Marianne Moore. She’s a tricky one. And a sassy one at that. Her poem “He wrote the History Book” is hilarious, especially after checking out the foot notes. Moore seems to have a deep reverence for all forms of animal life, and I think that in many ways she sees their existence, their lack of inward turning and contemplation of self, and their lack of destructive systems of thought as all more aesthetically valuable and wonderful than the art humans create. Though the poem of hers that I find most memorable doesn’t have an animal as its subject. Instead, this poem, titled “What Are Years” seems really influenced by eastern thought, by the desire to escape the self, the soul, and to fight against the ego-sensation. And yet, I don’t think we ever get out of the ego-sensation while we’re alive. I think this is what, to a certain extent, Yeats is talking about in “Sailing to Byzantium,” how he wants to leave behind his self, his soul fastened to a dying animal. Though this can never happen while alive, and as Moore writes, “How pure a thing is joy…[the soul] in its surrendering finds its continuing…this is mortality, this is eternity.”

Wallace Stevens. The idea of the Supreme Fiction is hard to ignore. I think it’s a really powerful, influential, and provocative thing. Before this class, Stevens really gave me a headache, but I feel more comfortable with him now, having been exposed to his main theories on art and poetry and systems of belief. The poem that comes to mind first, and that I think embodies a lot of what Stevens is about is “The Snow Man. ” In many ways, I think, at a certain point in our lives, we become “the listener, who listens in the snow, / and nothing himself, beholds / the nothing that is not there and the nothing that is.”

Robert Frost. Birches ain’t never gonna be the same. But his poem “After Apple-Picking” really got to me. I think the way he describes the apples–putting the obvious Eden references aside–is that the landscape is a mirror for the way his mind and memories work. The apples are his memories, those that have already fallen and those that are yet to come. Which is why this poem is so gut-wrenching, and depressing, because he seems tired of life, and wants to put away all this pain and loss, all these memories, and lie down and sleep.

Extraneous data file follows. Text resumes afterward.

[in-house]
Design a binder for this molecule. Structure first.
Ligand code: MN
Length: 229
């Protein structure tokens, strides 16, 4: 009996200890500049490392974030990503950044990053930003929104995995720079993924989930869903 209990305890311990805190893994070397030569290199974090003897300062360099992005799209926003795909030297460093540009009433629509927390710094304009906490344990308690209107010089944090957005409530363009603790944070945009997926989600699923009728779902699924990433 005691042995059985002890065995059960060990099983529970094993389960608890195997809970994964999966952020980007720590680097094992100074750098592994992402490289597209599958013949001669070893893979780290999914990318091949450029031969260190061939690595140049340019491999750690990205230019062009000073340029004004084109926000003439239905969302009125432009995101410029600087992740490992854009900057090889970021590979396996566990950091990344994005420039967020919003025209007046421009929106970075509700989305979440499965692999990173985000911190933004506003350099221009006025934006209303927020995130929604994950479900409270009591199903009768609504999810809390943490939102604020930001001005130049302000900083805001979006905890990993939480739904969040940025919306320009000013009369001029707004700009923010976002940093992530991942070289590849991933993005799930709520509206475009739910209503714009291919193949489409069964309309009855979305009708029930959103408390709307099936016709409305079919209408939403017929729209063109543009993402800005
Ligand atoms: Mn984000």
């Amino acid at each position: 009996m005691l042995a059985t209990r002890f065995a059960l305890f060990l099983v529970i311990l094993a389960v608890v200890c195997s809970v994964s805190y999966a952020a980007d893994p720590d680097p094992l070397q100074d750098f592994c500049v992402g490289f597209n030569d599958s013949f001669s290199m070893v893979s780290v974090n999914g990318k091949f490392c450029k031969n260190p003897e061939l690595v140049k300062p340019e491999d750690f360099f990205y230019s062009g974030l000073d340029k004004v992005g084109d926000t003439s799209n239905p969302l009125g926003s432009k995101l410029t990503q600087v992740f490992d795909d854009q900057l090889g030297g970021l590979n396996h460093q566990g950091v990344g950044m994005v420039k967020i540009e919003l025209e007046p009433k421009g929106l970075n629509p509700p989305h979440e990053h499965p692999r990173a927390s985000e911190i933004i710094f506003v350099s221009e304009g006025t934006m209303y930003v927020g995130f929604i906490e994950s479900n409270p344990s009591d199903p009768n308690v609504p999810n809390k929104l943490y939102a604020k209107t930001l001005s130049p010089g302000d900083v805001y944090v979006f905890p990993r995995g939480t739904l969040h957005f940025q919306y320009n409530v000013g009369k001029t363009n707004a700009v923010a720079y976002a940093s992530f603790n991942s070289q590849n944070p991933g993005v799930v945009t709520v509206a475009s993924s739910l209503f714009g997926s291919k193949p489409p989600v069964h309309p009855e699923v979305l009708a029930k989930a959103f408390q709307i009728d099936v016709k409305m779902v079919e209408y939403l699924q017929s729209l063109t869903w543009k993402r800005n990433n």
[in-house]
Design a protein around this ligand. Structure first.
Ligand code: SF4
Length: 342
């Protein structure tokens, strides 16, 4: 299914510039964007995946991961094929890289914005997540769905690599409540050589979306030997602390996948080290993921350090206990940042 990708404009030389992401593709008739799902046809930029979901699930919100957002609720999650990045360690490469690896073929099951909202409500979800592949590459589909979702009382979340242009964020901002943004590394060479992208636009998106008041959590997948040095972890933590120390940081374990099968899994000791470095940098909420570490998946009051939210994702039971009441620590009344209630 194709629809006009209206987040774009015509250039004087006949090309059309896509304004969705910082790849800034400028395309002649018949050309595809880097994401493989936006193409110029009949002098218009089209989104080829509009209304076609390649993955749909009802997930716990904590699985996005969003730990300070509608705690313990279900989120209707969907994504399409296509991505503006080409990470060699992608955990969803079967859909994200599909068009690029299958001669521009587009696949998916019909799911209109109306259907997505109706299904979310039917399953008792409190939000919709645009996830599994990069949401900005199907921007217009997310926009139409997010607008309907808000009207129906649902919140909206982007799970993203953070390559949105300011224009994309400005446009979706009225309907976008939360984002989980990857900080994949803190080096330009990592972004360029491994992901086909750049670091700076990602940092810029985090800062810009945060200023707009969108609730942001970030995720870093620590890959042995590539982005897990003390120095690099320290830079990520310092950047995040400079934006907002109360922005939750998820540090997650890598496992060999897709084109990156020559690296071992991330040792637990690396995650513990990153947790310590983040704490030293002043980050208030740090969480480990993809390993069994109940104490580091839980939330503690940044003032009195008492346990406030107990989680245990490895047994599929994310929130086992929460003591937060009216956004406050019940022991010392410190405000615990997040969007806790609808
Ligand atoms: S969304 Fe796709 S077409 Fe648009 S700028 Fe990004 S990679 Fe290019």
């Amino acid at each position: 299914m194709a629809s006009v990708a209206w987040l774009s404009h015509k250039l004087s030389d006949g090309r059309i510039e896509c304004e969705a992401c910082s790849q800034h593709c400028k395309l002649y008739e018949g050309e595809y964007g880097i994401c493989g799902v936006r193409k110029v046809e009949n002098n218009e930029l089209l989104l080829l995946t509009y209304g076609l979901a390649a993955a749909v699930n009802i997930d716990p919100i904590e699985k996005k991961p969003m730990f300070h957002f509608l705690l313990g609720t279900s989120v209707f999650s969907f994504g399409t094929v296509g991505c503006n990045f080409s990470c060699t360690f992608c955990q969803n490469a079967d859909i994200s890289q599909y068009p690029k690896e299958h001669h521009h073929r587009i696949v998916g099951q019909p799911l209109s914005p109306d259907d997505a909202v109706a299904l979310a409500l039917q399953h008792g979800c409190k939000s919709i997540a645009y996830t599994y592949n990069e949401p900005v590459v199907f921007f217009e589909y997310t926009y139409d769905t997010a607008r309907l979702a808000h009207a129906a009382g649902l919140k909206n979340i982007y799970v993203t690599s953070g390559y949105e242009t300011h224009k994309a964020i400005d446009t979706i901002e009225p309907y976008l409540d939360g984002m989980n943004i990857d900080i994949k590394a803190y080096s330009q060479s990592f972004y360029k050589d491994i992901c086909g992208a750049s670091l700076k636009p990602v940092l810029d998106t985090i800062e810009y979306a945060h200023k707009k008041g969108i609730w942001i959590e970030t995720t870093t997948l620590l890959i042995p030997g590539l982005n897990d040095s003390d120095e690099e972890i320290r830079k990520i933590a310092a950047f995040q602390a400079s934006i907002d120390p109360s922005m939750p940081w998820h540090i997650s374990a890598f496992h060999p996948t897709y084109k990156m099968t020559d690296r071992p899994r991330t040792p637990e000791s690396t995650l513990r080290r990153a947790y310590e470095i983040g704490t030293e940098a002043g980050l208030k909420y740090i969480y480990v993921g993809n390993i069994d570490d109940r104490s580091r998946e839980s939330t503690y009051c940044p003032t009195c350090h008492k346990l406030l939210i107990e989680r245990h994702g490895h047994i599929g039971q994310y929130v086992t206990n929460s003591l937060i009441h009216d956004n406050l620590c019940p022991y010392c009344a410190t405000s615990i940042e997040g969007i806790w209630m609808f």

Anyway, that’s my recap and my memories. I dunno about you guys, but I’m gonna keep on shoring my fragments against my ruins, cause I don’t know what else we can do. We only gots what we remember, and thankfully, because of this class, i’m gonna have a lot of wonderful memories to look back on. If you’ve read this far, I’d just like to say thanks, and you’re very kind. Please forgive my reductive commentary on each of the poets’ work; it wasn’t meant to be a summary, more just a brief snapshot of what I love and remember and admire about each of the poets. This was a great class, and I’m really gonna miss it! Sorry for such a long and obnoxious blog post.


Mr. Wendell Berry

April 29th, 2012

In addition to expressing my appreciation to all you classmates and classleaders, I wanted to mention one last thing about Robert Frost–

I didn’t realize until now that he deeply influenced Wendell Berry, one of the best (I think) writers and thinkers alive on the earth today. He writes essays about culture, agriculture, sexuality, politics, etc. etc… but he also writes huge quantities of poetry and fiction. If anyone really liked Frost (I can’t get enough, myself), I really recommend Mr. WB.

My favorite poem by him is this one:

“A Standing Ground”

Flee fro the prees, and dwelle with sothfastnesse;
     Suffyce unto thy thyng, though hit be smal…

However just and anxious I have been,
I will stop and step back
from the crowd of those who may agree
with what I say, and be apart.
There is no earthly promise of life or peace
but where the roots branch and weave
their patient silent passages in the dark;
uprooted, I have been furious without an aim.
I am not bound for any public place,
but for ground of my own
where I have planted vines and orchard trees,
and in the heat of the day climbed up
into the healing shadow of the woods.
Better than any argument is to rise at dawn
and pick dew-wet red berries in a cup.

Feel Like I Will Never Sleep Again

April 29th, 2012

but it is fun seeing you all out there live-blogging, love-blogging before you turn into pumpkins.  Virtual group hug (maybe not quite like the MoPoBros).